Last week Patrick McGoohan, one of the most memorable figures in small screen history, passed away in Los Angeles. He was 80 years old, which somehow seems impossible, if only because the image of him at 40, the age he was while filming the 17 episodes of The Prisoner (which he also wrote, directed and starred in) is so indelibly burned into my brain. The character of “Number 6” became so iconic that it actually haunted McGoohan throughout his career, it seems that one does pay a hefty price for perfection. He did play other roles of course, like the lead in the pre-Prisoner UK series Danger Man, the warden in Escape From Alcatraz, and was there ever a creepier homicidal art dealer than the one he played opposite Richard Pryor in Silver Streak? But it’s that vision of our boy running down the beach in Portmeirion, Wales screaming “I am not a number -–I am a free man!” right before they once again capture him that stays with you forever. But like Martin Luther King who’s birthday we celebrate today; he too is finally free at last.
At the beginning of last year, I realized that I probably wasn’t reading enough books. I reckoned that now that I wrote a few, I should start reading them again too. Now don’t get me wrong, it’s not like I had stopped reading altogether. I still devour about a dozen magazines every month (including Mojo, which I read from cover to cover no matter how little I care about bands like Fairport Convention, et al) but books, not so much. So I decided to read at least one book a month, and by years end I actually overachieved a bit, as the final number was 13. Yes gentle reader, I also see the gaping hole representing the absence of titles that have anything to do with cars or even car culture, but I promise I’ll right that ship in 2009. My choices may shock some of you, but for those who know me best, I’m sure that the books listed below are par for the course, such as it is.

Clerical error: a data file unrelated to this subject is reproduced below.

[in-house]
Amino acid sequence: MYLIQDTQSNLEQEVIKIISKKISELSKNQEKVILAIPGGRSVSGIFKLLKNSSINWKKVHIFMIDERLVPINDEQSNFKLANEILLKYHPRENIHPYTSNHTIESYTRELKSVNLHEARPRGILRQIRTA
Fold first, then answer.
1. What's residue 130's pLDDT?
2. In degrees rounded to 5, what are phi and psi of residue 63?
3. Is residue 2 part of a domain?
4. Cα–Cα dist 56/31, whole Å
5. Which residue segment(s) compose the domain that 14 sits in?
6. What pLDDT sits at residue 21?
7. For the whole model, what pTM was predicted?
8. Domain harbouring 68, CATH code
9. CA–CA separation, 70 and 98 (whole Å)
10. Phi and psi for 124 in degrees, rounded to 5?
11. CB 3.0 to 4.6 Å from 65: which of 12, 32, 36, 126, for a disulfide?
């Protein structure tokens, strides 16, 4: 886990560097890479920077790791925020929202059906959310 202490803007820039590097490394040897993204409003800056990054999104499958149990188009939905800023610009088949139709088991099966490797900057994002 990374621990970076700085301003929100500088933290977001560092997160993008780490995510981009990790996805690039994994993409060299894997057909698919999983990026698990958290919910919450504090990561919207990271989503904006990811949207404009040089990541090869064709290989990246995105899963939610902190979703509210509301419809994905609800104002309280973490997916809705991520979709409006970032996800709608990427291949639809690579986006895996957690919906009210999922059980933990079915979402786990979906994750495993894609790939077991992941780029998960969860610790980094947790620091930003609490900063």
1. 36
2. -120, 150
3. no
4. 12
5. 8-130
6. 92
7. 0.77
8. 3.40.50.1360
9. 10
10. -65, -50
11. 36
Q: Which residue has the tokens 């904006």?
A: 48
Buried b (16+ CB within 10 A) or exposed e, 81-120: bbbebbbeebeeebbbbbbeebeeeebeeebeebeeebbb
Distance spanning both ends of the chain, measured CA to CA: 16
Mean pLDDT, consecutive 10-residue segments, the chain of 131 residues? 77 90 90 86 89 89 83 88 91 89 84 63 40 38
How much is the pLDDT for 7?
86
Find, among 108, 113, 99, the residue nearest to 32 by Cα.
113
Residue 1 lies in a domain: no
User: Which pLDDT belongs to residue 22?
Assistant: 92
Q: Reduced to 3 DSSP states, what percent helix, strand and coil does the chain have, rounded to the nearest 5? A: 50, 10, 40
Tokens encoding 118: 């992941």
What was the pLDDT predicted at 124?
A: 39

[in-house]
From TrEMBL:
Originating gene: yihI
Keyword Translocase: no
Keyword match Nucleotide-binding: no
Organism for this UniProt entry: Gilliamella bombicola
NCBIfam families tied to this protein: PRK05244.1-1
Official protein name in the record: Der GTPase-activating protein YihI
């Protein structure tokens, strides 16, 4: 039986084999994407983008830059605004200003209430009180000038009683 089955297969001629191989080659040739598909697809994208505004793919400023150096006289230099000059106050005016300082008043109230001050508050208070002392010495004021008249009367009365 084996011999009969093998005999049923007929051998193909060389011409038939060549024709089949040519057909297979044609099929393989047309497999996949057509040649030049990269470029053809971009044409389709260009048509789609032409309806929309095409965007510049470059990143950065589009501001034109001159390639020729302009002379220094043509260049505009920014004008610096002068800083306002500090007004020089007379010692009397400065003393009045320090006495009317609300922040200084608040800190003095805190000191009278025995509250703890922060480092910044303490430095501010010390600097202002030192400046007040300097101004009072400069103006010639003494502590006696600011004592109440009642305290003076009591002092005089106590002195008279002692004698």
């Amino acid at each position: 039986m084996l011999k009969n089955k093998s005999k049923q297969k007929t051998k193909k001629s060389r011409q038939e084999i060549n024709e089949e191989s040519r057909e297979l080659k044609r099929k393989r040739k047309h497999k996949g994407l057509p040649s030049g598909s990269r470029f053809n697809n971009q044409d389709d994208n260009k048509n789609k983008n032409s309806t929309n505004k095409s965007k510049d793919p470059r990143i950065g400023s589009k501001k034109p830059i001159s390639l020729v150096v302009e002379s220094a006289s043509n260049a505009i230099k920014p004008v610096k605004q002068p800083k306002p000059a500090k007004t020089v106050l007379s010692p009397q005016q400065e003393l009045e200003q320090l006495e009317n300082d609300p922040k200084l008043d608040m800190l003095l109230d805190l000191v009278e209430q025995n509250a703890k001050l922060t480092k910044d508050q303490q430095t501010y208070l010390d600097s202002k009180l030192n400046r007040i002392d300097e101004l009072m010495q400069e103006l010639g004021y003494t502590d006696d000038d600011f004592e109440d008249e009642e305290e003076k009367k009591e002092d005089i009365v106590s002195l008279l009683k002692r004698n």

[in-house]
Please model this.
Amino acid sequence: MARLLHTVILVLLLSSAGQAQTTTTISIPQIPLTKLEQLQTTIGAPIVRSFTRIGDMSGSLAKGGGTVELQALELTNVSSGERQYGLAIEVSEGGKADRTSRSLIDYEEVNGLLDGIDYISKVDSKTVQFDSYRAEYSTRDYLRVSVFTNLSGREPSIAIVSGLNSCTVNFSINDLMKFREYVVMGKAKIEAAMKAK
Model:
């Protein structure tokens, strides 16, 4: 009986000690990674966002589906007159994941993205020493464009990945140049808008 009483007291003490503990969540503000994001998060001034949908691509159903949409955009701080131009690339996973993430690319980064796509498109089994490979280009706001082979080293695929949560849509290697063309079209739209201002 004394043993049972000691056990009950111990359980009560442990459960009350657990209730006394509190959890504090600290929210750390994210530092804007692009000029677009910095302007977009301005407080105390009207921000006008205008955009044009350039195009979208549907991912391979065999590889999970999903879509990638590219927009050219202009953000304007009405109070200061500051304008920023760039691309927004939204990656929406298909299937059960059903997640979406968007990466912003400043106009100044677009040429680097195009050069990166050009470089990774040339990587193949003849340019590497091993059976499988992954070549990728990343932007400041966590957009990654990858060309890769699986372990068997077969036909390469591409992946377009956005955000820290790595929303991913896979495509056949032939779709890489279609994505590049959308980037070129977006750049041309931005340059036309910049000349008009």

1) Good Grief: The Story of Charles M. Schulz by Rheta Grimsley Johnson
My mom actually purchased this book for me on a visit to San Francisco back in 1989, I dunno why it took me almost 20 years to pick it up. I’m glad I did though, as Miss Johnson pulls no punches in her Schulz-approved biography of a very complicated man who preferred playing hockey with his friends to jet setting.
2) A Paper Life by Tatum O’Neil
Let me just say that I freakin’ love Tatum O’Neil. Paper Moon, The Bad New Bears and Little Darlings practically shaped my adolescence, and it was really interesting to read about the making of those films from her point of view. Her childhood however, despite winning an Oscar and whatnot, was far from idyllic, as the reader soon figures out. I dare you to read this and not want to punch John McEnroe in the face.